Casting Call!

Basic bullet building therapy

Duke shop

Duke casts in his shop with a window exhaust fan just above a “serious”-sized lead furnace.

How’d you like to engage in an utterly relaxing endeavor while building up your stockpile of expensive reloading components? Sounds good? If so, do what I do and cast bullets whenever possible.

Set The Mood

How is casting relaxing? It will be if you follow my rules.

When casting, I don’t answer the telephone or reply to emails or texts. Yvonne knows I don’t snarl very often but I do if I’m bothered while casting. If company stops by, I tell them to amuse themselves because I don’t stop casting until I have a full run of bullets (you might also tell them to call next time before coming over). Don’t set a TV up near your casting area so you won’t be plagued with depressing news and don’t have a radio nearby because most modern music is bound to tie you in knots.

Here’s what you can do. If you don’t have a smart phone, buy one of those devices on which you can download digital books. Then join or some other such entity and buy one of their audio books. Mostly I listen to fiction but well-written history books are hard to beat. I guarantee if you get deeply involved in a book lasting 20 or more hours you’ll end up with more bullets than you actually need! You won’t want to stop casting and you’ll seize every opportunity to get back to the book.

Montana casting bullets

Cast your own bullets and you’ll always have plenty of projectiles for an “out-of-the-ordinary” handgun caliber!

Gear and Materials

Let’s get down to the nuts and bolts. First, don’t buy the cheapest casting equipment. Don’t get a 5-lb. electric furnace because you’ll spend more time filling it and waiting for the alloy to become molten than you will actually casting bullets. Get no less than a 20-lb. pot! I understand getting started can mean a bit of an outlay in cash but during all those politically caused panics when ammunition and components got scarce, I never once suffered from a dearth of bullets.

The other item you’ll need is lead alloy and it’s getting tougher to find. Back in my younger years I scrounged literally tons of wheelweights, rendered them down to clear out the steel clips and road debris then cast hundreds of thousands of bullets. Sadly, wheelweights aren’t the caster’s salvation anymore as most come from overseas and contain mystery metals.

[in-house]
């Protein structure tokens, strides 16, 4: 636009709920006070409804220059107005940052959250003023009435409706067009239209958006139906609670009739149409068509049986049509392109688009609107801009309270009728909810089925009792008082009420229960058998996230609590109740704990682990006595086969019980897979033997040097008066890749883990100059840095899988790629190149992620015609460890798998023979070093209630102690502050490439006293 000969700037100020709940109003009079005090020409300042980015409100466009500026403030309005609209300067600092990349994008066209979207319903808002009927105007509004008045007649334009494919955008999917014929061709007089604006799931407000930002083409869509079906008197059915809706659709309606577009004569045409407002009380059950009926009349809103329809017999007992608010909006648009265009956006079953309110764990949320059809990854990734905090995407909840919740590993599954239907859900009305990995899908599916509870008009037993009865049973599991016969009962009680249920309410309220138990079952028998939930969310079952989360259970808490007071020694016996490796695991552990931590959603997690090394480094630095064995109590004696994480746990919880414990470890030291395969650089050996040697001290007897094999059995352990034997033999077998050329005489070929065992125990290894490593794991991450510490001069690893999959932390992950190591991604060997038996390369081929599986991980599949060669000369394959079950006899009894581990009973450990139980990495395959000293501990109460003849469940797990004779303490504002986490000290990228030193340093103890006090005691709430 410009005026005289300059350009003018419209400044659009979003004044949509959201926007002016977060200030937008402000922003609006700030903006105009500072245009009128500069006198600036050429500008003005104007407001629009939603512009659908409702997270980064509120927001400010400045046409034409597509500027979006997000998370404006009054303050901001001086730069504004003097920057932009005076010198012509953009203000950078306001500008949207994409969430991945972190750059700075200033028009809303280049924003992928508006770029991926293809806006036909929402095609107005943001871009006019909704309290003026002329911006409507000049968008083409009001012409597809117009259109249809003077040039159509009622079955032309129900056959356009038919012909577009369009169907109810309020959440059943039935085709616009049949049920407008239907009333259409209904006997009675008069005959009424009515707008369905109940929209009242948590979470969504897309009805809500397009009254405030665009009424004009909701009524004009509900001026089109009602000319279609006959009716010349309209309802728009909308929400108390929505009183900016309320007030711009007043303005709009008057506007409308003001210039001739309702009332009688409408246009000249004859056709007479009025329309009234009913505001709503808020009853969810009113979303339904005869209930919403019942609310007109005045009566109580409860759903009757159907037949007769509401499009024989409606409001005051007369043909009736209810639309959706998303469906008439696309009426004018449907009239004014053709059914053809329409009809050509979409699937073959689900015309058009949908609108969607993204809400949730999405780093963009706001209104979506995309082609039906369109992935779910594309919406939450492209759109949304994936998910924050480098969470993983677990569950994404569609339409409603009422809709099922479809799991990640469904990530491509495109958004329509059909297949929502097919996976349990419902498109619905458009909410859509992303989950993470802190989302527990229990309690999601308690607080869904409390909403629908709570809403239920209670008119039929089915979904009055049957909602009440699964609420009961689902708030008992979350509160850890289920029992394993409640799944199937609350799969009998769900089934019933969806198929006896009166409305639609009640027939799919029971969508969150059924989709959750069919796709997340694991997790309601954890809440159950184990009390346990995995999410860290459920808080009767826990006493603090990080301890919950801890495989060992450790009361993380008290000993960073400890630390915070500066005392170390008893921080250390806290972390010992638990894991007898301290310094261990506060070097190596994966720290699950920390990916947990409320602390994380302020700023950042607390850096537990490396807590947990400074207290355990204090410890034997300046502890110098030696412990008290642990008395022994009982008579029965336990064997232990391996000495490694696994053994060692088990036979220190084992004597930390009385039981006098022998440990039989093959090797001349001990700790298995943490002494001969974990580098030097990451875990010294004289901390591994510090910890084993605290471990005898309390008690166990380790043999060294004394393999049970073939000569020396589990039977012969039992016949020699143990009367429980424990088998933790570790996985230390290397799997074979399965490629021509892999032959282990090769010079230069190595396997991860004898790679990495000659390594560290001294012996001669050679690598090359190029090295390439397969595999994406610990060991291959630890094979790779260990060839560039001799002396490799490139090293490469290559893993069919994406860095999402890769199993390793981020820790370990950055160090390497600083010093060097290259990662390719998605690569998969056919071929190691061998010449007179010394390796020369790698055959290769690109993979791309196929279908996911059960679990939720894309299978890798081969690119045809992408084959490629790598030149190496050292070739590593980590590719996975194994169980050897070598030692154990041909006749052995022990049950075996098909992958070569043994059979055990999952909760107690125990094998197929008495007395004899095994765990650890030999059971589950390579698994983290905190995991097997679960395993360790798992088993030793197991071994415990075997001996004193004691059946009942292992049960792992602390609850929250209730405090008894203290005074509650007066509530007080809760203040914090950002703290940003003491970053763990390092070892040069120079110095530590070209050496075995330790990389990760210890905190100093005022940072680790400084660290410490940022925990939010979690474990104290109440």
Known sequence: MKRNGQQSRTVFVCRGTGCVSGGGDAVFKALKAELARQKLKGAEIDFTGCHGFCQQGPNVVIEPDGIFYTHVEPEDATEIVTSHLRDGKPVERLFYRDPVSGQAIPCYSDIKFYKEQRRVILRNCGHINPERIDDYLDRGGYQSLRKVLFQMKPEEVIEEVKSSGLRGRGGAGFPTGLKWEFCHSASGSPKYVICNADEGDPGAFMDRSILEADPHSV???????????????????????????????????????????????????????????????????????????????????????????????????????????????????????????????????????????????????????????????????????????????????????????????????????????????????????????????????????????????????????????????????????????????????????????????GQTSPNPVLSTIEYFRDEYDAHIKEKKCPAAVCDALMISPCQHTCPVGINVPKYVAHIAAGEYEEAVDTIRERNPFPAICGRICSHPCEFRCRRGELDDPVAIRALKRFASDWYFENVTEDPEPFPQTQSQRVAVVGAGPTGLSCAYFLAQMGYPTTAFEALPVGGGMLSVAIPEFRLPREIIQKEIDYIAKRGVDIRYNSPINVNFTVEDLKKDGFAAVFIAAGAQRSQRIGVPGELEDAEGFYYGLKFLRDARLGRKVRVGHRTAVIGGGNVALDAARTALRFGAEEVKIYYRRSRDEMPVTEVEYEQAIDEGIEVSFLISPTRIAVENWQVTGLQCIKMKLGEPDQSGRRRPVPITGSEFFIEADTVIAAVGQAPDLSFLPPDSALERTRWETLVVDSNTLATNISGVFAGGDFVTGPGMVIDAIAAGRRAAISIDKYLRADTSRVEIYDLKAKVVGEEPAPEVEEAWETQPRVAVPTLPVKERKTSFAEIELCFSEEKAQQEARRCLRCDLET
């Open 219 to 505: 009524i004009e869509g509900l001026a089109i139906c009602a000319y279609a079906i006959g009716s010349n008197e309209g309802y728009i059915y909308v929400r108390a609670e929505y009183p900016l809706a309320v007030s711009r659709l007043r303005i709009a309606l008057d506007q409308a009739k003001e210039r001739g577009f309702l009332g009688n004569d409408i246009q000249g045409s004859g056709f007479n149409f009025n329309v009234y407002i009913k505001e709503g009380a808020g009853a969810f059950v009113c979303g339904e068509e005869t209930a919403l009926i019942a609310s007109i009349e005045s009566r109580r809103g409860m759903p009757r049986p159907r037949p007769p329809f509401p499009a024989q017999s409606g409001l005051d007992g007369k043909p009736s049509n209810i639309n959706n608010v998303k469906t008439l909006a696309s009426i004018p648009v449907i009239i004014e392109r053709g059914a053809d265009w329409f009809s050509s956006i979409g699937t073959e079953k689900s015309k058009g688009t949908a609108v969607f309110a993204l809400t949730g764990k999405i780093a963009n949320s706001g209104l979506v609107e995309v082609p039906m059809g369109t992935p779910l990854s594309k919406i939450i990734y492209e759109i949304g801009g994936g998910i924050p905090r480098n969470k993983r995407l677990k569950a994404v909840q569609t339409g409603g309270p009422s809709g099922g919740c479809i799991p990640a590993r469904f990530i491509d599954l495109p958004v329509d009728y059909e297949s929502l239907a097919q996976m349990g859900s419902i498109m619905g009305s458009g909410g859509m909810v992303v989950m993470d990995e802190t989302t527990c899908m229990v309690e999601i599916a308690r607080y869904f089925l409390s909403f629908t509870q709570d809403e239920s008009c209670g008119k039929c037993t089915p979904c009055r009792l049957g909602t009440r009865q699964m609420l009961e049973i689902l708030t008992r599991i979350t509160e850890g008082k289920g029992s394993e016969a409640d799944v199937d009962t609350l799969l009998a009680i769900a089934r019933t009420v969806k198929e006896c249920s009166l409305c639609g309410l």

Lead can be found at most salvage yards. It can also have mystery metal, but a little experience will give you some idea about what you’re dealing with. For example, the sheet lead used as roofing is nearly pure. Lead shielding from hospital X-ray rooms usually isn’t pure but it’ll make bullets. Personally — with time being at a premium — I now buy professionally blended alloys.

Montana casting

Some of Duke’s “cast of friends” don’t have a shop, so they set up outdoors.

Miscellaneous Molten Advice

Cast somewhere isolated so it won’t be a nuisance to your family. I set up an area near one end of our shop under a sliding window. A strong exhaust fan sits in the window so any smoke or smell is whisked away. Some of my friends without shops — but who live in areas not given to sudden rainstorms — cast outside.

Don’t fear lead when it’s just sitting there cold. It doesn’t give off death rays! It’s only harmful if you ingest it, so wear gloves when you handle it. But do fear its molten state because liquefied lead can burn the bejeebers out of you. It will splash so always wear eye protection.

Do your casting on a sturdy table or bench and don’t just toss defective bullets back in the lead pot. Save them and then gently ease them back in the pot with a spoon or ladle. Cast in long sleeves, long pants and wear socks. I learned all of these things through painful experience.

Do get a book on casting. Lyman’s Cast Bullet Handbook (4th Edition) is readily available and I happened to write most of the informational chapters! I was proud to be asked.
When I started reloading for handguns in 1966, nearly everyone who did also cast their own bullets. It was a “have-to” situation. It may not be an absolute necessity nowadays, but you can convert what many consider an obnoxious chore into a pleasant and relaxing pastime.

Ph: (800) 225-9626

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